As with all other unregulated BVI entities, the single investment fund/ co-investment vehicle will be required to file an annual return each year with its registered agent, which return provides fairly basic financial information in relation to its current financial position.
Single investment funds and co-investment vehicles, whilst being unregulated through virtue of falling outside the definition of a “private investment fund”, will almost certainly be a considered to be a “Virgin Islands Financial Institution” on account of being an “investment entity” for the purposes of FATCA/ CRS and so will be required to register on the BVI Financial Account Reporting System (BVIFARS) and report annually in relation to its “reportable accounts” (AEOI Reporting). For this reason, we frequently see single investment funds/ co-investment vehicles opting to appoint a fund administrator to assist it with investor subscriptions and its ongoing AEOI Reporting obligations.
While single investment funds and co-investment vehicles will typically fall outside the statutory definition of a “private investment fund” under SIBA, they will nevertheless likely be considered to be an “investment fund” for the purposes of the Economic Substance (Companies and Limited Partnerships) Act, 2018, as amended (the Economic Substance Act), because the definition an “investment fund” under the Economic Substance Act is broader than the statutory definition of a “private investment fund” under SIBA. The implication of this being that a single investment fund or co-investment vehicle will be considered to be undertaking “investment funds business” for the purposes of the Economic Substance Act (which, significantly, is expressly stated as not being a “relevant activity” for the purposes of the Economic Substance Act and therefore, as a consequence, enabling the entity to not be required to demonstrate substance in the BVI for the purposes of complying with the Economic Substance Act).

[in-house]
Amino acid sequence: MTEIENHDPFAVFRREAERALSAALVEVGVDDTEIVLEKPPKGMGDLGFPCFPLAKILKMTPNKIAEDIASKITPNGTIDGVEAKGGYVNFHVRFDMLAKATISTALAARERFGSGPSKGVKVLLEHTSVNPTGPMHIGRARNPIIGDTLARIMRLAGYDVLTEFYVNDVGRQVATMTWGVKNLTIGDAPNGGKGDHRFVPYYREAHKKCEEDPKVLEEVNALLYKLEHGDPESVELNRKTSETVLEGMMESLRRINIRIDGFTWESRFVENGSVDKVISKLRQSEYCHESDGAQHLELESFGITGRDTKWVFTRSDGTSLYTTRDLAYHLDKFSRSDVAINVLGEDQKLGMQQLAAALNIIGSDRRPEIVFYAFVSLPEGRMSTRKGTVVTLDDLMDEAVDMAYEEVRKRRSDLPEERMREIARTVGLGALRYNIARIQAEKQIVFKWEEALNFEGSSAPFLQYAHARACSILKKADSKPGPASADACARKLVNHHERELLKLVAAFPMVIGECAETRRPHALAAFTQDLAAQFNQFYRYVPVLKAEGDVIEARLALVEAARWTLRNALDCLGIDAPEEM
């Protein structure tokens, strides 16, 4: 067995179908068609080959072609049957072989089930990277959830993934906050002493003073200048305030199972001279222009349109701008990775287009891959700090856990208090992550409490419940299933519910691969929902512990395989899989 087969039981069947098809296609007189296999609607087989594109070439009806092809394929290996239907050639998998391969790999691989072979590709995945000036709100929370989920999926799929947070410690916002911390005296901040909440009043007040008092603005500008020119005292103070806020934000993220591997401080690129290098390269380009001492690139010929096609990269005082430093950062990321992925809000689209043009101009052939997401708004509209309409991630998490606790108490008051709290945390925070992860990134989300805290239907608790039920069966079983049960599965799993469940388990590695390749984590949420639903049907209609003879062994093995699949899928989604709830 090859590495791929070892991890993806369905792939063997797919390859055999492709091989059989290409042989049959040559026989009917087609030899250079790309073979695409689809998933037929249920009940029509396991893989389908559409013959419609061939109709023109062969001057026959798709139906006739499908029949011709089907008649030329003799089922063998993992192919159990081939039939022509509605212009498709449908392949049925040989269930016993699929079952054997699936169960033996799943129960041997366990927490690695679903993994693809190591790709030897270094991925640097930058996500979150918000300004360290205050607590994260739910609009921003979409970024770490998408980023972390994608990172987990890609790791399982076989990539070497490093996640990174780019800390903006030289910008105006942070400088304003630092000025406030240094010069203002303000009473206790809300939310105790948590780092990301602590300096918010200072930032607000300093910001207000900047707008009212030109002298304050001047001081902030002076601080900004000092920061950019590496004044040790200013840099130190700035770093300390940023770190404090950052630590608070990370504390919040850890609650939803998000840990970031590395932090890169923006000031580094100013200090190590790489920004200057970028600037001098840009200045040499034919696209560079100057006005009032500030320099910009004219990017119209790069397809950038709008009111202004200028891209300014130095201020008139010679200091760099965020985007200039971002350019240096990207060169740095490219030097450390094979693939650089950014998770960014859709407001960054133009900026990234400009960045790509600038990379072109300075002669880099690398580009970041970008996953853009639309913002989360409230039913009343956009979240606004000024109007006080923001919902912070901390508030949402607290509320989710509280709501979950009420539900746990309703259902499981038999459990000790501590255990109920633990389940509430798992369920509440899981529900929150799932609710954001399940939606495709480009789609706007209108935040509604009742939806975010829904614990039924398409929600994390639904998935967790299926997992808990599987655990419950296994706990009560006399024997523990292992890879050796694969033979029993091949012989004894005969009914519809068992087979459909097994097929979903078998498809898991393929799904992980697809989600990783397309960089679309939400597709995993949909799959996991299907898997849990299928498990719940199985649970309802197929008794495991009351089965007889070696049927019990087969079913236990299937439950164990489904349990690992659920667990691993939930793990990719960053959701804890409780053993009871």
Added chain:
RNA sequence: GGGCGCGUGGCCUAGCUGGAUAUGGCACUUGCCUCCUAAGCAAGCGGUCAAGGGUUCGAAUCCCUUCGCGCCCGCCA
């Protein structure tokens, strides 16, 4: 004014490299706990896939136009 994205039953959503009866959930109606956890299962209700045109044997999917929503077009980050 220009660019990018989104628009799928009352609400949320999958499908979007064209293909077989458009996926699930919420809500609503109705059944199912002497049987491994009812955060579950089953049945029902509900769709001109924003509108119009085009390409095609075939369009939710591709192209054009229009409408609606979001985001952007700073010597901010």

What this means in practice is that the obligations of a single investment fund or co-investment vehicle under the Economic Substance Act are limited to making an annual filing each year confirming that it does not undertake any relevant activity for the purposes of the Economic Substance Act (on the basis of the business activities it does undertake, being “investment funds business”, being expressly stated as not being a “relevant activity” under the Economic Substance Act).
BVI investment managers of single investment funds and co-investment vehicles?
Where the principals of the investment manager decide to establish a separate investment manager entity in the BVI to provide investment management or investment advisory services to the single investment fund/ co-investment vehicle and thereby earn management/ advisory fees and/ or carried interest in respect to the services provided by it to the single investment fund/ co-investment vehicle, then as such investment management/ investment advisory entity will be conducting “investment business” for the purposes of SIBA, it will separately require licensing for those activities notwithstanding that the entity it is providing investment management/ investment advisory services to is not itself required to be regulated in the BVI. We typically see a BVI “Approved Manager” used as the investment manager entity in these circumstances.